Care After Oral Surgery

The procedure is over! Well done! Now what?

The work isn’t quite done yet – the next 2 weeks are very important to your recuperation, and we are here to make sure that they go as smoothly as possible for you. Here’s how you can expect to feel after your procedure, and our recommendations for making sure there are no bumps on your road to recovery.

What to expect after surgery 


You will be numb for 2-3 hours after surgery. This is normal and it is a good time to start your pain medications.

Please be careful not to bite your tongue or lip during this time.  


Unfortunately, pain is to be expected after oral surgery. Everyone experiences pain differently and every surgery is different.  

It is important to take the pain relief medication regularly and on schedule to best manage your discomfort. Everyone perceives pain differently so it is important to maintain your pain level during the healing period. Your medication is given to help with pain management, swelling and infection.  


Swelling is your body’s reaction to surgery, it is expected and completely normal. You can try placing an ice pack on your face which can be effective at reducing the swelling.  


You will taste blood for the first 2-3 days. This is most likely the saliva in your mouth being in the area of surgery. I will always ensure that you have stopped bleeding at the conclusion of surgery. Quick dissolvable sutures are usually placed in the mouth and they often fall out on their own.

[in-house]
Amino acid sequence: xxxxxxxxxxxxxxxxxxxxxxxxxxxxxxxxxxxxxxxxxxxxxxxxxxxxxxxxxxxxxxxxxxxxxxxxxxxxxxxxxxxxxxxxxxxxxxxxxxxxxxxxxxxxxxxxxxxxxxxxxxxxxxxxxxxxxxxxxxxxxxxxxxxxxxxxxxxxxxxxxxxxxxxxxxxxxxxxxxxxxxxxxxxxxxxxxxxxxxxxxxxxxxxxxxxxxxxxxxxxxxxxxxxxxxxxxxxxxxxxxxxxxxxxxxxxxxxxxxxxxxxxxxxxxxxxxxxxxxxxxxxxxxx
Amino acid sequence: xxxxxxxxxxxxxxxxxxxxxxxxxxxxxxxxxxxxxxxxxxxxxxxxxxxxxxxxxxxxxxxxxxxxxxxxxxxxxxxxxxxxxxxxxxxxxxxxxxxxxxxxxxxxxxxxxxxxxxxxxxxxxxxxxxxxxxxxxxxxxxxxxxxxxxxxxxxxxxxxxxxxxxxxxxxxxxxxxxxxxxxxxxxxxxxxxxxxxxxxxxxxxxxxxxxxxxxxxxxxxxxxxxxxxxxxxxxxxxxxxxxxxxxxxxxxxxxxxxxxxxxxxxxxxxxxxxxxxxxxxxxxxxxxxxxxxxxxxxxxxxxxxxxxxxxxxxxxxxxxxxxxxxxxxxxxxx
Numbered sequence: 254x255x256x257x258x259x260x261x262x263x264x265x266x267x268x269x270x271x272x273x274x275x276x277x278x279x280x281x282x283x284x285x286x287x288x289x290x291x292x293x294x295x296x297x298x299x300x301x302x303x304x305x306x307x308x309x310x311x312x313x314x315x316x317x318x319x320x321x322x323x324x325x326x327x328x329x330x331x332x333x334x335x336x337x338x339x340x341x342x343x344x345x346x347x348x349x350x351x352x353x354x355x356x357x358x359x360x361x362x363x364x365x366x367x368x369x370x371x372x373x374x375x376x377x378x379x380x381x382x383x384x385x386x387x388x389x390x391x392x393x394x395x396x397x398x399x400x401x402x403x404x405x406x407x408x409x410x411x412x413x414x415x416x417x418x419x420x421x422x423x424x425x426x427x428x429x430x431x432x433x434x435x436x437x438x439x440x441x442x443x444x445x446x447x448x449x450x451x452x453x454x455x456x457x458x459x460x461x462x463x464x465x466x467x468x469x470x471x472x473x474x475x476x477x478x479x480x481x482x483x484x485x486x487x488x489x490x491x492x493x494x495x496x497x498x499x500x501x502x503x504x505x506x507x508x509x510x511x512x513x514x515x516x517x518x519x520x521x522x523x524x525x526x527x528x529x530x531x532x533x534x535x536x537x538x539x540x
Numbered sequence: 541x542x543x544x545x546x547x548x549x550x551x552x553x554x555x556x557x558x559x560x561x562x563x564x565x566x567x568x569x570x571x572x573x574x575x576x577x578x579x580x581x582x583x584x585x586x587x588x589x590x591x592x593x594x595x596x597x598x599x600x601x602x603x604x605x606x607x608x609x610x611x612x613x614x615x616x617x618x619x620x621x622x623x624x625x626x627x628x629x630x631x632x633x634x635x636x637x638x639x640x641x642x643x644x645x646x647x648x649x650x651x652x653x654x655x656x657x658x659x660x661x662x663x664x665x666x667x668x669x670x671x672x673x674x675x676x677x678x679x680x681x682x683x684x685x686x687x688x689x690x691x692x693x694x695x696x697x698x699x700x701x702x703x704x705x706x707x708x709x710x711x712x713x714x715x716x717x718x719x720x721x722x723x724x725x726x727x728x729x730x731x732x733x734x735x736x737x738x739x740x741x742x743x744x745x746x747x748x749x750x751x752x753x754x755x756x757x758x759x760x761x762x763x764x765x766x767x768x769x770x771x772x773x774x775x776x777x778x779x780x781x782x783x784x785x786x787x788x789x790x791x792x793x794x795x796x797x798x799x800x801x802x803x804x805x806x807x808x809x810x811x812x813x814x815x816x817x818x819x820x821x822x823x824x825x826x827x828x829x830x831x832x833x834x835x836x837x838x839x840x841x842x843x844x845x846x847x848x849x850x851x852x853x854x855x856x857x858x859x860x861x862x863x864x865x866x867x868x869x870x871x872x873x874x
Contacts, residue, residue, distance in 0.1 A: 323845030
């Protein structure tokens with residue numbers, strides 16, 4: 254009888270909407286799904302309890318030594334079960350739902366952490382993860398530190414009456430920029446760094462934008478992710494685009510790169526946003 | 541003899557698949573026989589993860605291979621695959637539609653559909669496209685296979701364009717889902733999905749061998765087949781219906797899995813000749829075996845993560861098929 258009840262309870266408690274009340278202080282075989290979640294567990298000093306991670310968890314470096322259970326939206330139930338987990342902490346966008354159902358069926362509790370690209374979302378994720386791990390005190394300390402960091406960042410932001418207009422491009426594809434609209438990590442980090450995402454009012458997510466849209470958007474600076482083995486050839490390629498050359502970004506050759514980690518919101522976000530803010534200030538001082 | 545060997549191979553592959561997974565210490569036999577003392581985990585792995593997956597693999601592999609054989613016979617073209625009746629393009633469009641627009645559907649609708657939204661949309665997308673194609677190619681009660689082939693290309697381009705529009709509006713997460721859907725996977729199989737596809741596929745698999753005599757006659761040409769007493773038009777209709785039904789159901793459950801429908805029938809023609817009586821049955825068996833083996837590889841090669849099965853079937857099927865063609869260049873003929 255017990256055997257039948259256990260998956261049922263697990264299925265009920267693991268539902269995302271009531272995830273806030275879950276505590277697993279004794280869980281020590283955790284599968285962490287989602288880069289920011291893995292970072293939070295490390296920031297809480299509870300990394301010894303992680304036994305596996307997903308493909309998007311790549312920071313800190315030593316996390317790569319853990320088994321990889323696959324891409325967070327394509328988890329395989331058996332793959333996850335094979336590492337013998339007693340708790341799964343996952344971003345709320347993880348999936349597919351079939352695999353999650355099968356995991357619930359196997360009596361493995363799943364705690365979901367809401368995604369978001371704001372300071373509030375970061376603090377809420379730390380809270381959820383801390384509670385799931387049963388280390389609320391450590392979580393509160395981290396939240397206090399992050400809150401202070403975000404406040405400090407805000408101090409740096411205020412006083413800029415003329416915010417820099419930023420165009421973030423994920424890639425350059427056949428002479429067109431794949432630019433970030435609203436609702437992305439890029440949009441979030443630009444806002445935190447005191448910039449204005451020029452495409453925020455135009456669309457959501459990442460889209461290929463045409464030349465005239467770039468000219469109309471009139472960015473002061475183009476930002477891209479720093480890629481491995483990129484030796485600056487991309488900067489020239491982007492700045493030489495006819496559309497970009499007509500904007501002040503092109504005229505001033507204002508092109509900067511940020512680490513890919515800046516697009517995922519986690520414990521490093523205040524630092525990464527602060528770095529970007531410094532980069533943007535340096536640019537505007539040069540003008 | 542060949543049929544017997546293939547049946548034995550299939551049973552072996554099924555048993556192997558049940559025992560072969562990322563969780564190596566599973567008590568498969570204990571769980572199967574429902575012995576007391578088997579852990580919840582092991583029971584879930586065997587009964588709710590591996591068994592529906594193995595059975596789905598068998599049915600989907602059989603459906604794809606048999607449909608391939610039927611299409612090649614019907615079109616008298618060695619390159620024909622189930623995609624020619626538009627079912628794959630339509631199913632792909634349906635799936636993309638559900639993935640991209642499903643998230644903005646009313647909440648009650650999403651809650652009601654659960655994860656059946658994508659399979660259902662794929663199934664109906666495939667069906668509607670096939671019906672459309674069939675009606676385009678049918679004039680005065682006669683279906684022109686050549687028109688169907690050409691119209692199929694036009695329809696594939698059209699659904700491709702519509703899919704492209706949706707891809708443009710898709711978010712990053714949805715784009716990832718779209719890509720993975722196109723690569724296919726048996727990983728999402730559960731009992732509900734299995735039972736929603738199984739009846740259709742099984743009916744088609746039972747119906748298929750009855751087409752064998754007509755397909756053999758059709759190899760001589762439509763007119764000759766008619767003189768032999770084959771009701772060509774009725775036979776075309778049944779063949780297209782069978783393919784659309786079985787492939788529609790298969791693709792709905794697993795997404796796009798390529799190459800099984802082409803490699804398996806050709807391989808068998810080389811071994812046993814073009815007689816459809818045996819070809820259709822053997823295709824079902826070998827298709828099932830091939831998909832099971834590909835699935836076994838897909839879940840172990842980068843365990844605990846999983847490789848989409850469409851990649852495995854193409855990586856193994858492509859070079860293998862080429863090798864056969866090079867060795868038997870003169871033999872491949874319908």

What you can do to aid recovery:


Proper nutrition and water intake are two of the most important things during the healing period. Soft foods such as mashed potatoes (lots of gravy!), scrambled eggs, soft meats, boiled vegetables, and porridge are all good things. 

  • Take slow, small bites. 
  • Try and avoid an overly liquid diet such as soups. 
  • Avoid hard foods like raw carrots and chips as these can cause trauma to the surgical area. 
  • Avoid foods that have small pieces in it like rice, couscous, and biscuits. 
  • Avoid excessive hot (temperature) foods. 
  • Be sure to keep your fluid intake up. Water is your friend.


Ice packs on the face can help limit swelling and discomfort. They are most helpful for the first 3 days when used 20 minutes on and 20 minutes off. 



We cannot stress how important this is to your recovery. Rinsing or brushing too early can disrupt the blood clot that is aiding the healing of the wound and it may cause the wound to bleed again. 


  • Do not spit, or suck through straws. This can cause the surgical area to bleed again. 
  • Take it easy during the healing period but try and get back to your normal daily activities if you can. 
  • You can continue to brush your teeth if you want (after the first 24 hours). Just be very careful, or avoid the areas where you had the surgery, particularly in the first few days. 
  • Resist the temptation to have a look at how the wound is healing. This often interferes with healing and causes more problems. 
  • Try to refrain from smoking, as this will increase your risk of infection and complications. Vaping is also not recommended. 
  • Add an extra pillow to your bed so you are slightly elevated when lying down. 
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